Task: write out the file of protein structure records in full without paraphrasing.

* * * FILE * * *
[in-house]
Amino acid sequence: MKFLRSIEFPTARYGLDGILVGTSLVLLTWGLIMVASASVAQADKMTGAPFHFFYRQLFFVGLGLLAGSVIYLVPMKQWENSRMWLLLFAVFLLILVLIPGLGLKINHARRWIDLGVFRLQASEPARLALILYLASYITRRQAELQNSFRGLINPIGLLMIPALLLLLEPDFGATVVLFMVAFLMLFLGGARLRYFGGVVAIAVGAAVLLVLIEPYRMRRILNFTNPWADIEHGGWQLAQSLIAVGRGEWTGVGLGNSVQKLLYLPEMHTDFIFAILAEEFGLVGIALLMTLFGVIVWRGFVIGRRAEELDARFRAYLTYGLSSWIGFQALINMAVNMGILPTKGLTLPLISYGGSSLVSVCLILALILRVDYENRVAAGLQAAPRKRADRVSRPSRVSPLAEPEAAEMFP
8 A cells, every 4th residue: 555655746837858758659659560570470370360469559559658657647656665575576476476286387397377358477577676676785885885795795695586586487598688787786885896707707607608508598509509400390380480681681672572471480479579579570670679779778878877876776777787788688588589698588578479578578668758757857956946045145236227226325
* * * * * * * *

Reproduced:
[in-house]
Amino acid sequence: MKFLRSIEFPTARYGLDGILVGTSLVLLTWGLIMVASASVAQADKMTGAPFHFFYRQLFFVGLGLLAGSVIYLVPMKQWENSRMWLLLFAVFLLILVLIPGLGLKINHARRWIDLGVFRLQASEPARLALILYLASYITRRQAELQNSFRGLINPIGLLMIPALLLLLEPDFGATVVLFMVAFLMLFLGGARLRYFGGVVAIAVGAAVLLVLIEPYRMRRILNFTNPWADIEHGGWQLAQSLIAVGRGEWTGVGLGNSVQKLLYLPEMHTDFIFAILAEEFGLVGIALLMTLFGVIVWRGFVIGRRAEELDARFRAYLTYGLSSWIGFQALINMAVNMGILPTKGLTLPLISYGGSSLVSVCLILALILRVDYENRVAAGLQAAPRKRADRVSRPSRVSPLAEPEAAEMFP
8 A cells, every 4th residue: 555655746837858758659659560570470370360469559559658657647656665575576476476286387397377358477577676676785885885795795695586586487598688787786885896707707607608508598509509400390380480681681672572471480479579579570670679779778878877876776777787788688588589698588578479578578668758757857956946045145236227226325